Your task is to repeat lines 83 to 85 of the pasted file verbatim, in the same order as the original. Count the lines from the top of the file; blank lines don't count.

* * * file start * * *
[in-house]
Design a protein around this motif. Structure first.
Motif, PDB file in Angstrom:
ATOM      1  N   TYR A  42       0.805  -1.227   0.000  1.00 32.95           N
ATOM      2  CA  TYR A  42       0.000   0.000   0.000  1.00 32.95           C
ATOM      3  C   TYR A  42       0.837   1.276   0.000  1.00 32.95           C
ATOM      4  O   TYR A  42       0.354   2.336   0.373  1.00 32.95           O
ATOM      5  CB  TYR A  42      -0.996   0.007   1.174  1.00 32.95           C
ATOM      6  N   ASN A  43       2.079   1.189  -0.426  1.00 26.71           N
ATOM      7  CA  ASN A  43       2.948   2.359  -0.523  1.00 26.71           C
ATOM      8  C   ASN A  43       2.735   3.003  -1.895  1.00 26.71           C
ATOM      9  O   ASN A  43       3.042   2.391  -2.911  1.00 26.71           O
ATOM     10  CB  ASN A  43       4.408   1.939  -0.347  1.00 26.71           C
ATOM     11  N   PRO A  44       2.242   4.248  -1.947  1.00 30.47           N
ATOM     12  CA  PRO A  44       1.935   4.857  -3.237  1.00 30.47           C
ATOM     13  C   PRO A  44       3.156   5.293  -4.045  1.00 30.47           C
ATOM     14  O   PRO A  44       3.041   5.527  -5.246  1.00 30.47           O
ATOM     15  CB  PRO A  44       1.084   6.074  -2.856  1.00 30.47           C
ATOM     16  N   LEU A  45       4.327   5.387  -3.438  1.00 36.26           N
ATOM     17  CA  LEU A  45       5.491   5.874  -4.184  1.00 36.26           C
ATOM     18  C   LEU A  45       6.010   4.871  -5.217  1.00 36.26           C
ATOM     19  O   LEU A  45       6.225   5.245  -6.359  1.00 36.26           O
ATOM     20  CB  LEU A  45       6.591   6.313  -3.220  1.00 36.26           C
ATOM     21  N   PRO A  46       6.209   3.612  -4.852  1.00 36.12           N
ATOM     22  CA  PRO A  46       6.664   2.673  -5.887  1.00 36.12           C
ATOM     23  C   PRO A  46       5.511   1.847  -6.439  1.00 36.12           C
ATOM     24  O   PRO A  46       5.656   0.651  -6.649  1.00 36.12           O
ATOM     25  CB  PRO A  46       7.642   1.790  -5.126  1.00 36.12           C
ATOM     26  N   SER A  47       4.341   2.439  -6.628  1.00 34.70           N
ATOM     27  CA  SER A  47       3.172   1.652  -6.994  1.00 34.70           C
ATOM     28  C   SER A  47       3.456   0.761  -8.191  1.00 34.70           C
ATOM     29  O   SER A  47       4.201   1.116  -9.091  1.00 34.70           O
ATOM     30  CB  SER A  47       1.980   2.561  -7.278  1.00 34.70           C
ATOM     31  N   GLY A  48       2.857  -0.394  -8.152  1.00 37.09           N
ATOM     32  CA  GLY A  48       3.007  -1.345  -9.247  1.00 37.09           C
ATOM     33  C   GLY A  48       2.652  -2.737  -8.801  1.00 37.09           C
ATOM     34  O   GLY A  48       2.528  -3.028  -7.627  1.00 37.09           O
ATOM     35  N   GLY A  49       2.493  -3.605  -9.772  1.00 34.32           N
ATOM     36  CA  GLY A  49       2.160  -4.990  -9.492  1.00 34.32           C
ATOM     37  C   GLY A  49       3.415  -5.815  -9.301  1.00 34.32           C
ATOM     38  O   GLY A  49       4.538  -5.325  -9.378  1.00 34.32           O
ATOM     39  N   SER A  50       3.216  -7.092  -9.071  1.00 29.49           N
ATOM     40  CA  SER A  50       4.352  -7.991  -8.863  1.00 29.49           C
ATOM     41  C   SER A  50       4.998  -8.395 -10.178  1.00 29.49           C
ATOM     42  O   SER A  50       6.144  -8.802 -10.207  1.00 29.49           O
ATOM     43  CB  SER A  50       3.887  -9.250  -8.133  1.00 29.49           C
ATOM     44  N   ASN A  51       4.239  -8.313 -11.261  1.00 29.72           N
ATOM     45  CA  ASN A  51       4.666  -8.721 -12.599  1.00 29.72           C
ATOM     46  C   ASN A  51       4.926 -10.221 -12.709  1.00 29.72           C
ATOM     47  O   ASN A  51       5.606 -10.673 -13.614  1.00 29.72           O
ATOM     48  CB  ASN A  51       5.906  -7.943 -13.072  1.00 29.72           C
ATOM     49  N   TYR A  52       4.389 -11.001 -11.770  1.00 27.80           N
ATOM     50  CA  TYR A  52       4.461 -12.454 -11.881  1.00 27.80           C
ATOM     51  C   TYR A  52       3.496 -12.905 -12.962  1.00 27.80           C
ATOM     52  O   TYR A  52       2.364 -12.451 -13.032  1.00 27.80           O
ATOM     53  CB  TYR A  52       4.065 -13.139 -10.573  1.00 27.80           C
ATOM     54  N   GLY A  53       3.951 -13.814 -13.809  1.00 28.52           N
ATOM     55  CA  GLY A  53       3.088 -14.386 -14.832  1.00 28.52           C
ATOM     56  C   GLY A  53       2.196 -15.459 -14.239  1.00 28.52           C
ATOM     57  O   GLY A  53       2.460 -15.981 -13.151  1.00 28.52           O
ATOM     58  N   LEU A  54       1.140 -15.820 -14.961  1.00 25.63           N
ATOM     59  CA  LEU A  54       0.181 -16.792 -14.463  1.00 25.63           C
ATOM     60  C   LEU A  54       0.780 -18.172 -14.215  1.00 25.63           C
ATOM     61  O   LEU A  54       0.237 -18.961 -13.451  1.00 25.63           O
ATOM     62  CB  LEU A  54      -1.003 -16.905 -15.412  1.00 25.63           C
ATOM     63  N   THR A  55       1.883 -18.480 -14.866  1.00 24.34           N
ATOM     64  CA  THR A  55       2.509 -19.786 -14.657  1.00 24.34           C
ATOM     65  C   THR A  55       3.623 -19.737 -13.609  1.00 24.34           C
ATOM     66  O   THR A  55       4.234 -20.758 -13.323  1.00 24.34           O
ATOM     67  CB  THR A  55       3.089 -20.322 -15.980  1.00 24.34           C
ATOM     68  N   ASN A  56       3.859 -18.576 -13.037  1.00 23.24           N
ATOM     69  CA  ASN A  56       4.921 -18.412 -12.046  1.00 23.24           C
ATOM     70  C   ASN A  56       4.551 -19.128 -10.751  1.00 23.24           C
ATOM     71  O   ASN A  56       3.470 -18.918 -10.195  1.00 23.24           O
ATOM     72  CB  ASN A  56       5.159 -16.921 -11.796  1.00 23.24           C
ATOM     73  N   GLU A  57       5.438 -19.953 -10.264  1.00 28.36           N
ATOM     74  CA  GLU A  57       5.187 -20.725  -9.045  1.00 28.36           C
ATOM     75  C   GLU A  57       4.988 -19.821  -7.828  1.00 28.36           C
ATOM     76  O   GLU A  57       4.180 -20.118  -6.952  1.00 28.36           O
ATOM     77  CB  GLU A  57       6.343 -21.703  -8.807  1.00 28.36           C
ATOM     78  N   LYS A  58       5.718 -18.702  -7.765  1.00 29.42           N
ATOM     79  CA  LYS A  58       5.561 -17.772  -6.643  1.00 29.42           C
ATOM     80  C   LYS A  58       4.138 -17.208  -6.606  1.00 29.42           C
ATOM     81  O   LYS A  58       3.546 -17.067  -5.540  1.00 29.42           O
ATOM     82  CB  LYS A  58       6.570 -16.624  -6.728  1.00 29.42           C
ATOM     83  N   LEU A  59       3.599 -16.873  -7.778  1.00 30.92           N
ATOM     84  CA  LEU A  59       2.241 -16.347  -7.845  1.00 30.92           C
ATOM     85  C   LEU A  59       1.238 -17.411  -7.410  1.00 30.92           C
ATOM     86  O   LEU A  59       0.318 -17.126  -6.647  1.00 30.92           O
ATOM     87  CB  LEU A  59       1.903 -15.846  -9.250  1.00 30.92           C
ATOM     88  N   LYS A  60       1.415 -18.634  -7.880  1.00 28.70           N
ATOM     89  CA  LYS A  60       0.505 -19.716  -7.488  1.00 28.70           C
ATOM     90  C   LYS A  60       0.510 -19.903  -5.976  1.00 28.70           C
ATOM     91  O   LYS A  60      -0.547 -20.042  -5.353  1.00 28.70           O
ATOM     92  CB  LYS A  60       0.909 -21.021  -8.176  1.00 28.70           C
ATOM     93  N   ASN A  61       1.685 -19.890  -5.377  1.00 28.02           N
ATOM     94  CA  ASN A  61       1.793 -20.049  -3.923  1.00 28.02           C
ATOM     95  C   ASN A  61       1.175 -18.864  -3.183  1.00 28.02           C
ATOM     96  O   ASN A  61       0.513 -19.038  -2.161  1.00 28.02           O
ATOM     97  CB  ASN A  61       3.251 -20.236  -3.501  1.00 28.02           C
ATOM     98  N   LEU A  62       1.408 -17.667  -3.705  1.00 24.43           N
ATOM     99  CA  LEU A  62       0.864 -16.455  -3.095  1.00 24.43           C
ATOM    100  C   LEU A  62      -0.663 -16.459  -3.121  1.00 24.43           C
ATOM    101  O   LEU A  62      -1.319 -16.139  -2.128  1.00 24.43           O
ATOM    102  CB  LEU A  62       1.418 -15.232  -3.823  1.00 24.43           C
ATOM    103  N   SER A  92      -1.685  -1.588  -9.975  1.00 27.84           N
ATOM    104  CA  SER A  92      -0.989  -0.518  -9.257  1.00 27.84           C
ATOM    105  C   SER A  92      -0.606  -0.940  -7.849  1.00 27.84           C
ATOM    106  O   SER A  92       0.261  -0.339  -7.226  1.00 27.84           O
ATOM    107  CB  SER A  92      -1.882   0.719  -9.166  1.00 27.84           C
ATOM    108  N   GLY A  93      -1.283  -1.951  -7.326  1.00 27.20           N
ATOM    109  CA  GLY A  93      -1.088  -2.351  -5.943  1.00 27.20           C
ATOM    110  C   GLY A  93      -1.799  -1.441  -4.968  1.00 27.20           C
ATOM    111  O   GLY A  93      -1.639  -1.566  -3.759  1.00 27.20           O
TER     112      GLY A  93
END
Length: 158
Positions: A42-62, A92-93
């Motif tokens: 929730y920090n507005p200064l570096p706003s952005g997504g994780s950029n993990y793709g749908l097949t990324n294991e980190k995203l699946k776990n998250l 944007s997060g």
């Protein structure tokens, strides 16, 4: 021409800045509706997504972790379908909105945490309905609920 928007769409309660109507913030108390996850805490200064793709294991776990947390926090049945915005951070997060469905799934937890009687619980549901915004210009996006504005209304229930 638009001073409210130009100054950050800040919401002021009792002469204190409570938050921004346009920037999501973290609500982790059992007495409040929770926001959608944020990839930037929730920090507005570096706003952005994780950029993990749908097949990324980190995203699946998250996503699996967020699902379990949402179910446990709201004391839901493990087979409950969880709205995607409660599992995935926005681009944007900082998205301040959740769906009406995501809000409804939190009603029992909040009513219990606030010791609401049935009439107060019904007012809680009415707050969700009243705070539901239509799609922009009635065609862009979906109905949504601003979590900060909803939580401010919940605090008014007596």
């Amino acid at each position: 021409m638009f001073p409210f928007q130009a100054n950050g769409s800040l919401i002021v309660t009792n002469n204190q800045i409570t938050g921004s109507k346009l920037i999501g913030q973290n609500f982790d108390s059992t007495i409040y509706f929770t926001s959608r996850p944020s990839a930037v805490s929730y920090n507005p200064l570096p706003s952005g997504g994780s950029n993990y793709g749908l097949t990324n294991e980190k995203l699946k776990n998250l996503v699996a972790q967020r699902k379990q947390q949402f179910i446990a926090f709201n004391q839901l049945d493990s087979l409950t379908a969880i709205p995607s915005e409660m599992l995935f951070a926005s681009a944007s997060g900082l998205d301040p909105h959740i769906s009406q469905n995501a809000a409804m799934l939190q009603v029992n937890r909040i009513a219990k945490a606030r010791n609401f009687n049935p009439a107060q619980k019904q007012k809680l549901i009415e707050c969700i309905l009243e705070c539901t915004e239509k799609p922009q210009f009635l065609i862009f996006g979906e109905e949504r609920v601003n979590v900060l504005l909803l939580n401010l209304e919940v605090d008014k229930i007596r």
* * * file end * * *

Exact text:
ATOM     80  C   LYS A  58       4.138 -17.208  -6.606  1.00 29.42           C
ATOM     81  O   LYS A  58       3.546 -17.067  -5.540  1.00 29.42           O
ATOM     82  CB  LYS A  58       6.570 -16.624  -6.728  1.00 29.42           C